/// See `Model.ID`
    typealias ID = UUID
    /// ...

This will usually be something like Int, UUID, or String although you can theoretically use any type you like.


There are several overridable properties on Model that you can use to customize how Fluent interacts with your database.


This String will be used as a unique identifier for your model whenever Fluent needs one.

final class User: Model {
    /// See ``
    static let name = "user"
    /// ...

By default, this is the type name of your model.


Entity is a generic word used to mean either "table" or "collection", depending on which type of backend you are using for Fluent.

final class Goose: Model {
    /// See `Model.entity`
    static let entity = "geese"
    /// ...

By default, this property will be name.

ID Key

The ID key is a writeable key path that points to your model's unique identifier property.

Usually this will be a property named id (for some databases it is _id). However you can theoretically use any key you like.

final class User: Model {
    /// See `Model.ID`
    typealias ID = String

    /// See `Model.entity`
    static let idKey = \.username

    /// The user's unique username
    var username: String?

    /// ...

The idKey property must point to an optional, writeable (var) property with type matching ID.


There are several lifecycle methods on Model that you can override to hook into Fluent events.

method description throwing
willCreate Called before Fluent saves your model (for the first time) Cancels the save.
didCreate Called after Fluent saves your model (for the first time) Save completes. Query fails.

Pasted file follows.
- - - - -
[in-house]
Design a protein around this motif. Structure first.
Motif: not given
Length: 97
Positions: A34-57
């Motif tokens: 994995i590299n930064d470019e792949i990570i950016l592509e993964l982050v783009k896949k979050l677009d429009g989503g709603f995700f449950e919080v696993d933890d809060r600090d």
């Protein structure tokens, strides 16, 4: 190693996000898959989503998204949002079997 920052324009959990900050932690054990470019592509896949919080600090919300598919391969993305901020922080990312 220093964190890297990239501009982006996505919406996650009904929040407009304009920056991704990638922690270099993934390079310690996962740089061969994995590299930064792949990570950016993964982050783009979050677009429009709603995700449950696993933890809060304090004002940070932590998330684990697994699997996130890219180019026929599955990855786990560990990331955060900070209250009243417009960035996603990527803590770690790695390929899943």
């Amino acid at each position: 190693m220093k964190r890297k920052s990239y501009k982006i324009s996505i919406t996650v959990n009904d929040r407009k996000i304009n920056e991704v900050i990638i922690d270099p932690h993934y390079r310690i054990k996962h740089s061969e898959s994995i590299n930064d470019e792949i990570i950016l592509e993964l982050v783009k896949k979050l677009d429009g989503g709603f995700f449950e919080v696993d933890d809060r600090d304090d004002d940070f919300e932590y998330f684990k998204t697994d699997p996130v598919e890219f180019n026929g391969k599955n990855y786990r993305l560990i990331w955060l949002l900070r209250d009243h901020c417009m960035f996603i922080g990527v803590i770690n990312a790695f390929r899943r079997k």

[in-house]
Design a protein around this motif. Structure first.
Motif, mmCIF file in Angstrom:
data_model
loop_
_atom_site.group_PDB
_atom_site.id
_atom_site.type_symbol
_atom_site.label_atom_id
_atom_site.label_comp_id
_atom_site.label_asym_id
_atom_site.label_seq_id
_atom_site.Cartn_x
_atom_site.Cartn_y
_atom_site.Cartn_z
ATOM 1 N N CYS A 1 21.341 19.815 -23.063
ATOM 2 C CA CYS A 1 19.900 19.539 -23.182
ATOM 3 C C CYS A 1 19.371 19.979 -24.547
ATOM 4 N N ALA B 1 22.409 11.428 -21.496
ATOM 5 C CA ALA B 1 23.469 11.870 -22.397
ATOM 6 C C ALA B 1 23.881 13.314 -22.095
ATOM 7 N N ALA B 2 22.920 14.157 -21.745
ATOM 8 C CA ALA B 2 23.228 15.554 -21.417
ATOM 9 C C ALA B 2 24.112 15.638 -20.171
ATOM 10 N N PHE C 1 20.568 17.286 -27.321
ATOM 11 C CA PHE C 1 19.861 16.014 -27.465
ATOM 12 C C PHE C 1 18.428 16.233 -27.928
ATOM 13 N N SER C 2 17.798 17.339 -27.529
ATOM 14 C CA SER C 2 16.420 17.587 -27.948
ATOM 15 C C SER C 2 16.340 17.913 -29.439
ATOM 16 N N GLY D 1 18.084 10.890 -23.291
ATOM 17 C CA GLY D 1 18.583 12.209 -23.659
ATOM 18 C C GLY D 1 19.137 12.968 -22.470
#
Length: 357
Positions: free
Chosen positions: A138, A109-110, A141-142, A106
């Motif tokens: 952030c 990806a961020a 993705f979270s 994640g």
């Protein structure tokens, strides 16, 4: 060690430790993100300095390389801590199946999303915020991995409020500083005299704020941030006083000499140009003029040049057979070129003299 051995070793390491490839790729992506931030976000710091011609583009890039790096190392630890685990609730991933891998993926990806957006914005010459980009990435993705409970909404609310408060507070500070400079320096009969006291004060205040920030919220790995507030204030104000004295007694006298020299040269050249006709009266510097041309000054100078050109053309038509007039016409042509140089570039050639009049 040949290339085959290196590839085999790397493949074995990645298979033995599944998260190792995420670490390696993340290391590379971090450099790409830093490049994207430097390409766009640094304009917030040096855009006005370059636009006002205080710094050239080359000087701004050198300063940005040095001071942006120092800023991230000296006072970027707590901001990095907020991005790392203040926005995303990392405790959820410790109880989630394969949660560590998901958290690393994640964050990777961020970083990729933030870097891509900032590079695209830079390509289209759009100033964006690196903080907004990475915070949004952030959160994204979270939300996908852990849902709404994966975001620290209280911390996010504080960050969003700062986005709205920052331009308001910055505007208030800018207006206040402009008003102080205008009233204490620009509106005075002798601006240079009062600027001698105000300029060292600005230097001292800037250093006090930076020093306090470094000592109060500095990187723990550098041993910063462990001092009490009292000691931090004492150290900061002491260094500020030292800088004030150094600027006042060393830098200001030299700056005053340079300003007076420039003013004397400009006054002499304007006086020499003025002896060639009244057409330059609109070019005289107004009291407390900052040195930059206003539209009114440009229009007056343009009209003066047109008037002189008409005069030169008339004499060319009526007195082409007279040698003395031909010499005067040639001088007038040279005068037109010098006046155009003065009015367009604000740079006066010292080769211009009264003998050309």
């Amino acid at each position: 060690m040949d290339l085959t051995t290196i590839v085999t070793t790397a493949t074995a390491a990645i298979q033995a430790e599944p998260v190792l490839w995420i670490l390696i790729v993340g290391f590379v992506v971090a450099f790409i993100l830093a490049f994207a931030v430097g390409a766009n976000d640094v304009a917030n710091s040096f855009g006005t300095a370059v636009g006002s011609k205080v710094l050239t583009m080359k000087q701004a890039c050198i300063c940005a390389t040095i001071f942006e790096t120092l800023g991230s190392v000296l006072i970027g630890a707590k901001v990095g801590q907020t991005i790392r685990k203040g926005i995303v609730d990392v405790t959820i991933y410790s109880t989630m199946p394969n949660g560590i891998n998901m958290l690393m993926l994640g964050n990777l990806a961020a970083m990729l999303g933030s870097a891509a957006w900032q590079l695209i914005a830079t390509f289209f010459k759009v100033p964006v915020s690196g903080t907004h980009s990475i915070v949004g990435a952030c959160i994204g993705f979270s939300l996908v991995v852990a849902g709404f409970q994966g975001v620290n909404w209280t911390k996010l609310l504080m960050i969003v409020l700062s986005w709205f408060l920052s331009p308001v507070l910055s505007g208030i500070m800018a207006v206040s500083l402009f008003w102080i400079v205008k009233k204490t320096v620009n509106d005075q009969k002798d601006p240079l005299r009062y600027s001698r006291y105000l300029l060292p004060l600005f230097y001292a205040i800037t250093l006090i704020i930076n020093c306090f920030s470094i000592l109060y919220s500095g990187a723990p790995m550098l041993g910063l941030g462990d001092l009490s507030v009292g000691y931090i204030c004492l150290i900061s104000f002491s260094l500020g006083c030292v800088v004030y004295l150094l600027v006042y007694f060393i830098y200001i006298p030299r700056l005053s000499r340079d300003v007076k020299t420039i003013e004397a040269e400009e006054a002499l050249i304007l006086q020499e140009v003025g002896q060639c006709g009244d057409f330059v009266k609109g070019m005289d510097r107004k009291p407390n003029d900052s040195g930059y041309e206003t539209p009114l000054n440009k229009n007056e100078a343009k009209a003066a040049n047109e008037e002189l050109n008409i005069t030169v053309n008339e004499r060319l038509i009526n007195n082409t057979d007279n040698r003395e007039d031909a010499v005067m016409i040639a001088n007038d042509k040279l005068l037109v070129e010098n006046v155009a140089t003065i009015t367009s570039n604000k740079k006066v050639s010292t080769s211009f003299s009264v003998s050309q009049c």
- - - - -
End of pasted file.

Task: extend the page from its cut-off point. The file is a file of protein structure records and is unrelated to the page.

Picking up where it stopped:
willUpdate Called before Fluent saves your model (subsequent saves) Cancels the save.
didUpdate Called after Fluent saves your model (subsequent saves) Save completes. Query fails.
willRead Called before Fluent returns your model from a fetch query. Cancels the fetch.
willDelete Called before Fluent deletes your model. Cancels the delete.

Here's an example of overriding the willUpdate(on:) method.

final class User: Model {
    /// ...

    /// See `Model.willUpdate(on:)`
    func willUpdate(on connection: Database.Connection) throws -> Future<Self> {
        /// Throws an error if the username is invalid
        try validateUsername()

        /// Return the user. No async work is being done, so we must create a future manually.
        return connection) { self }


The model offers basic CRUD method (create, read, update, delete).


This method creates a new row / item for an instance of your model in the database.

If your model does not have an ID, calls to .save(on:) will redirect to this method.

let didCreate = user.create(on: req)
print(didCreate) /// Future<User>


If you are using a value-type (struct), the instance of your model returned by .create(on:) will contain the model's new ID.


Two methods are important for reading your model from the database, find(_:on:) and query(on:).

/// Finds a user with ID == 1
let user = User.find(1, on: req)
print(user) /// Future<User?>
/// Finds all users with name == "Vapor"
let users = User.query(on: req).filter(\.name == "Vapor").all()
print(users) /// Future<[User]>


This method updates the existing row / item associated with an instance of your model in the database.